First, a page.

Fraser Young Food, Medicine & A Surprising Amount of Math
Published Apr 30, 2014Sometimes it's easy to spot comedians that get on stage because their friends tell them they should. They can be the life of the party, able to spin a yarn that grabs the attention of an entire room. With everyone in stitches, they take it to heart when someone says "You should totally do stand-up, man... you're hilarious!" Most find out quickly this does not a comedian make, and they usually go down in flames, never to visit a stage again. This is not the case with Toronto's Fraser Young.
Young succeeds in an arena that is arguably the toughest for comedians — storytelling. There are no pithy one-liners in his repertoire. On his sophomore CD, Food, Medicine & A Surprising Amount of Math, his signature frantic pace provides the listener with a glimpse of his life and the folly that surrounds him. Occasionally, he himself is the source of that folly, but it's almost always relatable and the key is in his delivery. The hardest part about story-based humour can be taking the audience with you, and Young has mastered this. If his tales are entirely scripted, they all appear to be spontaneous, without the "um's" and "ah's" you might expect in between.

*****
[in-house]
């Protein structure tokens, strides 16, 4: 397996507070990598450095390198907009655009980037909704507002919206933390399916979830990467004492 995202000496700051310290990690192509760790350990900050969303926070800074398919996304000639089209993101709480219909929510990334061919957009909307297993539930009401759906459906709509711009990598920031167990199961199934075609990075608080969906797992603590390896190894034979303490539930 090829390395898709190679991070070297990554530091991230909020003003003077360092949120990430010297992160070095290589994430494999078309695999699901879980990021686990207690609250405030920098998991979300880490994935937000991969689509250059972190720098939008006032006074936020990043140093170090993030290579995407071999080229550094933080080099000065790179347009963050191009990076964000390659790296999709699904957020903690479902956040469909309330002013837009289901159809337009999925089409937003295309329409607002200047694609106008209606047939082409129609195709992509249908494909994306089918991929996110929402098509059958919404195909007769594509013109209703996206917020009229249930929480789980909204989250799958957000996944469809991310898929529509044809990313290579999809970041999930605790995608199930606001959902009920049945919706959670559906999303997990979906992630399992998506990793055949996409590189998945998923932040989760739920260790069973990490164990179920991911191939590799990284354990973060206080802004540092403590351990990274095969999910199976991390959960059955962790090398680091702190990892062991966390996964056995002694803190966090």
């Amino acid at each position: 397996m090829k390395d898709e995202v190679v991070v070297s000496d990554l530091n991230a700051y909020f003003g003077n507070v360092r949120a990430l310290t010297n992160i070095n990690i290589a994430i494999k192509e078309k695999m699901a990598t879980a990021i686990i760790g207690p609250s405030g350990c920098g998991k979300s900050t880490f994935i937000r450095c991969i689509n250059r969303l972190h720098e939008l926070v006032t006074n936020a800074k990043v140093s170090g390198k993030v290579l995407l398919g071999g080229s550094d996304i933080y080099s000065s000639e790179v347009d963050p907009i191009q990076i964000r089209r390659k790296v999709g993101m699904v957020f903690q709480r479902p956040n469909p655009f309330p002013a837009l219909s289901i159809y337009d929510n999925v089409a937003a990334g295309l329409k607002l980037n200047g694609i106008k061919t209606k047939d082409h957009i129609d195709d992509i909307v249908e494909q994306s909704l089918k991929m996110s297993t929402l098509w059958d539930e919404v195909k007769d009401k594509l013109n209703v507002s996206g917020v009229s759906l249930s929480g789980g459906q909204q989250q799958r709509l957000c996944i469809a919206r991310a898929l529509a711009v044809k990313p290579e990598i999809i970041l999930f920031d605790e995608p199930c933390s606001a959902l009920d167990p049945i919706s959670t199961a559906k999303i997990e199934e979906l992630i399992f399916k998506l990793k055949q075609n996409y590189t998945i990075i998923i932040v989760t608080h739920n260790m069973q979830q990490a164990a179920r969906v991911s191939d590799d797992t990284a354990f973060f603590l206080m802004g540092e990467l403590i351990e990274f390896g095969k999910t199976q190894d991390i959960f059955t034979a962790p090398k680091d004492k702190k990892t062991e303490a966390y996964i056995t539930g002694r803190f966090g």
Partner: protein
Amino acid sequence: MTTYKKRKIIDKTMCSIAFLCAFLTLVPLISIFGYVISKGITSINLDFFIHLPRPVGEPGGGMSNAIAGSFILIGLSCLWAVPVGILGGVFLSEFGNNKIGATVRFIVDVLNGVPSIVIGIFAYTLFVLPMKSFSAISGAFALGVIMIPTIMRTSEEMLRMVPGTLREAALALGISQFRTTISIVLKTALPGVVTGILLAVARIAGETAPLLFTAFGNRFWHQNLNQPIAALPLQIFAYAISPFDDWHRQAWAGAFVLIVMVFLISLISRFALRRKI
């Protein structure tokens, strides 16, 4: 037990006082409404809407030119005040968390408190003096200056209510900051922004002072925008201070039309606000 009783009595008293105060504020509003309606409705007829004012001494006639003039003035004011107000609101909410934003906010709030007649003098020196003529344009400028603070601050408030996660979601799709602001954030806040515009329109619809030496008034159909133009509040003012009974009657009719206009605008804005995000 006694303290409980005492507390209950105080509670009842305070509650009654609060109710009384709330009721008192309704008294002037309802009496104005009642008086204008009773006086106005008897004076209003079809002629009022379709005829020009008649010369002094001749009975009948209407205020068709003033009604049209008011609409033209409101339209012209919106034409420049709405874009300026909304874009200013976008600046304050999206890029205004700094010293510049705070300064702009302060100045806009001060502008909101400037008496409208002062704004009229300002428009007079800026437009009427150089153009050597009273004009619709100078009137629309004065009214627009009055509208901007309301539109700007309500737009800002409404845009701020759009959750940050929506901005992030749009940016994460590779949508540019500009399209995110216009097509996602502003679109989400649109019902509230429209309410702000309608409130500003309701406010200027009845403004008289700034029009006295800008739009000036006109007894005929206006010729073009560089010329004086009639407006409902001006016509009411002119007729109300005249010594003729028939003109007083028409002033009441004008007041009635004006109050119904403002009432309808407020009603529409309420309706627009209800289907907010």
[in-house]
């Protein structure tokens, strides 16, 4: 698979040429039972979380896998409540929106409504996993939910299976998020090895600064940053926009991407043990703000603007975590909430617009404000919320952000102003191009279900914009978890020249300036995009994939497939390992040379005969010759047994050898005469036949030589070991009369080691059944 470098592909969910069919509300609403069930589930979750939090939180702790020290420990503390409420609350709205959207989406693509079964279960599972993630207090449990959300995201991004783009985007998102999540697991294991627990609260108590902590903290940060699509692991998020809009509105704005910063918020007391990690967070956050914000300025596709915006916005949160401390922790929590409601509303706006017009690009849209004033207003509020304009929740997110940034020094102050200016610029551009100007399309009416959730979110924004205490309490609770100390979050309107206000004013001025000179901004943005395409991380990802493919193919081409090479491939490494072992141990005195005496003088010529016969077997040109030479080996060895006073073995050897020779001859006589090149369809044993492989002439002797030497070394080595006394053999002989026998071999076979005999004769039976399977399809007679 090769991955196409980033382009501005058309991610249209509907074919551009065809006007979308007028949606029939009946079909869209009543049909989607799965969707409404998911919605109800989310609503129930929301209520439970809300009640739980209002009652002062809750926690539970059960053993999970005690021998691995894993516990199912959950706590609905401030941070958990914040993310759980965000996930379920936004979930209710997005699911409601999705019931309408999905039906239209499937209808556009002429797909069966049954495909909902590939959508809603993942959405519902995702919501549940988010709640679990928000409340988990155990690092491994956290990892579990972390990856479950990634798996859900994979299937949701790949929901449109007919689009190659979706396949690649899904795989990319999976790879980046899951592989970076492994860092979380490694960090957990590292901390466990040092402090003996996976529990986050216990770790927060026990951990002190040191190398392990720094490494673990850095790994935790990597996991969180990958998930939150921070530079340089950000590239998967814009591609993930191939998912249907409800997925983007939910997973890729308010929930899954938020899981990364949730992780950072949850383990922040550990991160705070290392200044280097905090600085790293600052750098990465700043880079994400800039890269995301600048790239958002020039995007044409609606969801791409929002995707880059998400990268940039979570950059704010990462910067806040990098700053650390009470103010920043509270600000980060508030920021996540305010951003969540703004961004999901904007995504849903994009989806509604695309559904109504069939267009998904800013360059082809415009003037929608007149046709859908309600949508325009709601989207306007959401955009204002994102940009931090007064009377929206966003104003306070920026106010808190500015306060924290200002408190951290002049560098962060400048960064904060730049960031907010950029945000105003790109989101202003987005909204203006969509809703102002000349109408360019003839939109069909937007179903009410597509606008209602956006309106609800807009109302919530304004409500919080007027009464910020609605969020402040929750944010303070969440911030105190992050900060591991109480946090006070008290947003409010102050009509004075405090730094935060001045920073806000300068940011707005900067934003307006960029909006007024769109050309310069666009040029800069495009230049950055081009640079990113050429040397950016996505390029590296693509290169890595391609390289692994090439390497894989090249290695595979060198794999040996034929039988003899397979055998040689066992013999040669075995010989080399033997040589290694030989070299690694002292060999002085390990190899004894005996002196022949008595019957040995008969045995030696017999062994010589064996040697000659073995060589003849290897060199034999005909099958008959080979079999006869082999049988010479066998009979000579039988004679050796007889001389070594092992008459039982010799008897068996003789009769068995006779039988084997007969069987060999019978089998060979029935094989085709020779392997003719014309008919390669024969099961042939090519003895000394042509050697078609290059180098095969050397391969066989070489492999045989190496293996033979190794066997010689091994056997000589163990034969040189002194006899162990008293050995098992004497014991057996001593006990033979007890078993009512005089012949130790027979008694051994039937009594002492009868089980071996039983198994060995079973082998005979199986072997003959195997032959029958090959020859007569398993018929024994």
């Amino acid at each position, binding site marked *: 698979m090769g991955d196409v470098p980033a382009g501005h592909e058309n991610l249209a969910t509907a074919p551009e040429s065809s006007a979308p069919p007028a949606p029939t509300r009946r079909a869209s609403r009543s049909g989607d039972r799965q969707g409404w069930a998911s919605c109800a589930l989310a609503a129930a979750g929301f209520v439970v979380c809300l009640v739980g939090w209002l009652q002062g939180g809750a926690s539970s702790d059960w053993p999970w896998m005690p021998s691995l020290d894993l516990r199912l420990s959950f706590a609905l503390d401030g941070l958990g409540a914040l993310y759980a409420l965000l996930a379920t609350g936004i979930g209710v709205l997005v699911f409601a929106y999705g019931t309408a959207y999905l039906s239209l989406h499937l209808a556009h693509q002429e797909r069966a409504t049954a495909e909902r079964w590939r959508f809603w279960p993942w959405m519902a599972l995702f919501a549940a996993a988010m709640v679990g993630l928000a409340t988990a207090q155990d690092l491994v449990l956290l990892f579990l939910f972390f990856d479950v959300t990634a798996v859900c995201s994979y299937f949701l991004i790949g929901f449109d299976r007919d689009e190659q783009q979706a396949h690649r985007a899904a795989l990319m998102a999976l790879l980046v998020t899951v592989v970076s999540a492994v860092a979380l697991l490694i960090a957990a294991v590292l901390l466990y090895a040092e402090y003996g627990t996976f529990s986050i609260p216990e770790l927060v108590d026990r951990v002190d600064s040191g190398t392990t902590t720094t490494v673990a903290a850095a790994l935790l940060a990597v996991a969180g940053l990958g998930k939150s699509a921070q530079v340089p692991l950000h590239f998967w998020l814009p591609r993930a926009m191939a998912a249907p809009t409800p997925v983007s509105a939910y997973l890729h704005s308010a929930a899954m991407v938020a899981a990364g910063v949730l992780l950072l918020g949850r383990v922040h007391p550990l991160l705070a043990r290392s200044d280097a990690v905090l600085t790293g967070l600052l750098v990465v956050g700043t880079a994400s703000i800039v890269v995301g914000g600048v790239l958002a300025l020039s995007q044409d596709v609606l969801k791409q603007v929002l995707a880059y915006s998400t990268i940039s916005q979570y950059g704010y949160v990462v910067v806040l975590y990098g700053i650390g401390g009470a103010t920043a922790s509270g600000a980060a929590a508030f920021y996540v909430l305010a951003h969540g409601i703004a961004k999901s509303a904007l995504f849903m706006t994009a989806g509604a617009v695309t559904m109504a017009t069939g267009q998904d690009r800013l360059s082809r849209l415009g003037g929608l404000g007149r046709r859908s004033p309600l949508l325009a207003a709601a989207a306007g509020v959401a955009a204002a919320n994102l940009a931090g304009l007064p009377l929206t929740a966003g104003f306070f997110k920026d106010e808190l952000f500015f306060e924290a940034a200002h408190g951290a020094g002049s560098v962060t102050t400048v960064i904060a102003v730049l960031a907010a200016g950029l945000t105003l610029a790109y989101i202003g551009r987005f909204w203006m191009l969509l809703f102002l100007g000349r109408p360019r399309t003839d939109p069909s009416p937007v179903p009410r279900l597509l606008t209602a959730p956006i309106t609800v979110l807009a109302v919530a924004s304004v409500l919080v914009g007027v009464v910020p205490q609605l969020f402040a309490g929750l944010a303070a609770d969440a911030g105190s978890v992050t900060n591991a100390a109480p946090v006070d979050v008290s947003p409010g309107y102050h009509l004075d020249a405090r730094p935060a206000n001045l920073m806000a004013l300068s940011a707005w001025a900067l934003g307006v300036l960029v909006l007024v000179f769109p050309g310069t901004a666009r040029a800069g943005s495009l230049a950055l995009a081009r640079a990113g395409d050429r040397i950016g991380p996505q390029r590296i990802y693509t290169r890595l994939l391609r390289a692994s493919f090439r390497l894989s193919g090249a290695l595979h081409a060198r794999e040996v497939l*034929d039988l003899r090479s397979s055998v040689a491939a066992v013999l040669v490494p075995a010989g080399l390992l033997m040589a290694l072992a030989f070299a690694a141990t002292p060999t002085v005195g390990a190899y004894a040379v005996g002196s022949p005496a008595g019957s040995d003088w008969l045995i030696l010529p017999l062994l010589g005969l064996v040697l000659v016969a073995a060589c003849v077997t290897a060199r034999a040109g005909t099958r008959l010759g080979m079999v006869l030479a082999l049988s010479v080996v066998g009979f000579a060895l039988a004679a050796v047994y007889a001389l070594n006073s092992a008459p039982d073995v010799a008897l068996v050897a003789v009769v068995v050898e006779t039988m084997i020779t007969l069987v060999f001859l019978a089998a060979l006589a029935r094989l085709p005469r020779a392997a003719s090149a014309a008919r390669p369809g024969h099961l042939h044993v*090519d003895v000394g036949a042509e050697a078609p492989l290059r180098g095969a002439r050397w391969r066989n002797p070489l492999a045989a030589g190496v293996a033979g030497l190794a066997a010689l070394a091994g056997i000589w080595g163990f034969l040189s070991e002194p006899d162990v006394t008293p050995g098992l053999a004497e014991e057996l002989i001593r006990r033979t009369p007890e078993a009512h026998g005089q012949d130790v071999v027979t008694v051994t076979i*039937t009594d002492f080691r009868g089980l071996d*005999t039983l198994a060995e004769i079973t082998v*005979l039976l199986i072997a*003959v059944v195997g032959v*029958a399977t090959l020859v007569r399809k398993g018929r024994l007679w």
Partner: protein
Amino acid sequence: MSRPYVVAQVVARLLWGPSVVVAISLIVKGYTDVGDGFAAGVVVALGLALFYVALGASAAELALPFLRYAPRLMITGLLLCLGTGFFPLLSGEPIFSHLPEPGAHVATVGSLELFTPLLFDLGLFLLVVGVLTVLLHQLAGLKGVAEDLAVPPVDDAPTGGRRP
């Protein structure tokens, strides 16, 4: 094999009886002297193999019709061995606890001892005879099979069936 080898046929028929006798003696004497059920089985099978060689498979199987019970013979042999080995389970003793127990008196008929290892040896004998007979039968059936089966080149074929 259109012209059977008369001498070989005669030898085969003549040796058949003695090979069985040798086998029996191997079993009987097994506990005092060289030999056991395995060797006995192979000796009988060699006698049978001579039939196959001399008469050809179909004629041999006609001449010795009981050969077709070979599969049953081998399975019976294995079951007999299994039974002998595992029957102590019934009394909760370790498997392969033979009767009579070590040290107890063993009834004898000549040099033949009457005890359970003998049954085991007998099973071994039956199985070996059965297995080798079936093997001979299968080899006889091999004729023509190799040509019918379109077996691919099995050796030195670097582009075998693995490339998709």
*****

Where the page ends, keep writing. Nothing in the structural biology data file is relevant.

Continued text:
Young's storytelling delivery doesn't focus on the extraordinary, but the slightly mundane. You wouldn't think a story about him questioning the consumability of some potentially spoiled meat, or a cashier requesting exact change, would be funny. But when Fraser Young tells it, it simply is, and these are some of his best bits. If I had to pick a favourite, however, it would be a piece entitled "Brownie." Pot rooms, you see, are quite popular in Toronto, albeit challenging (more than you might think). When Fraser is compensated for his set with pot brownies — "Which is not the case here at the club, they have this paper money system, but hey, whatever works" — he decides to eat one before a 30-minute subway ride to a party. Logically, by the time he arrives: party time. As he boards, he meets a friend of his parents, and by the end of the ride... well, let's just say it's storytelling gold. (Comedy Records)